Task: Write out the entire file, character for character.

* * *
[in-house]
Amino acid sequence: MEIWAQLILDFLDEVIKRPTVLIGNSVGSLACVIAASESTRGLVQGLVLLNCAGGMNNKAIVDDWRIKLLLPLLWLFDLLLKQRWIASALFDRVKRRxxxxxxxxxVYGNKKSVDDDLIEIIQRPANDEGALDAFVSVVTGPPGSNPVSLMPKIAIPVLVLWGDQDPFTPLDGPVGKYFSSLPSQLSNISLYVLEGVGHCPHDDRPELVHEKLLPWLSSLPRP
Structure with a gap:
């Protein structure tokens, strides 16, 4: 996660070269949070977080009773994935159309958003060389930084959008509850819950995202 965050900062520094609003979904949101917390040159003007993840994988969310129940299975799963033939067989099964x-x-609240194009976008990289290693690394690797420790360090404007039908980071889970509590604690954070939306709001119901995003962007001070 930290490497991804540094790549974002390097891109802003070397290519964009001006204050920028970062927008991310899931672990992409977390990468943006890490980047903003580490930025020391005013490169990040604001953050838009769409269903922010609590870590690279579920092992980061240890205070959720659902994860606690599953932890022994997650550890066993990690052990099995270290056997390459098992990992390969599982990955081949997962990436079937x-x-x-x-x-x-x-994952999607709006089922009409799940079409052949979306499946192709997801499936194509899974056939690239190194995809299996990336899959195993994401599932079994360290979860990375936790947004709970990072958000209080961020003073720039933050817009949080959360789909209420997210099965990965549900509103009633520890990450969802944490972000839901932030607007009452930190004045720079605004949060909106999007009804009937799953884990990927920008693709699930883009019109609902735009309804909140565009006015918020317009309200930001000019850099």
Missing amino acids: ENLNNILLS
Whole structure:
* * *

[in-house]
Amino acid sequence: MEIWAQLILDFLDEVIKRPTVLIGNSVGSLACVIAASESTRGLVQGLVLLNCAGGMNNKAIVDDWRIKLLLPLLWLFDLLLKQRWIASALFDRVKRRxxxxxxxxxVYGNKKSVDDDLIEIIQRPANDEGALDAFVSVVTGPPGSNPVSLMPKIAIPVLVLWGDQDPFTPLDGPVGKYFSSLPSQLSNISLYVLEGVGHCPHDDRPELVHEKLLPWLSSLPRP
Structure with a gap:
């Protein structure tokens, strides 16, 4: 996660070269949070977080009773994935159309958003060389930084959008509850819950995202 965050900062520094609003979904949101917390040159003007993840994988969310129940299975799963033939067989099964x-x-609240194009976008990289290693690394690797420790360090404007039908980071889970509590604690954070939306709001119901995003962007001070 930290490497991804540094790549974002390097891109802003070397290519964009001006204050920028970062927008991310899931672990992409977390990468943006890490980047903003580490930025020391005013490169990040604001953050838009769409269903922010609590870590690279579920092992980061240890205070959720659902994860606690599953932890022994997650550890066993990690052990099995270290056997390459098992990992390969599982990955081949997962990436079937x-x-x-x-x-x-x-994952999607709006089922009409799940079409052949979306499946192709997801499936194509899974056939690239190194995809299996990336899959195993994401599932079994360290979860990375936790947004709970990072958000209080961020003073720039933050817009949080959360789909209420997210099965990965549900509103009633520890990450969802944490972000839901932030607007009452930190004045720079605004949060909106999007009804009937799953884990990927920008693709699930883009019109609902735009309804909140565009006015918020317009309200930001000019850099």
Missing amino acids: ENLNNILLS
Whole structure: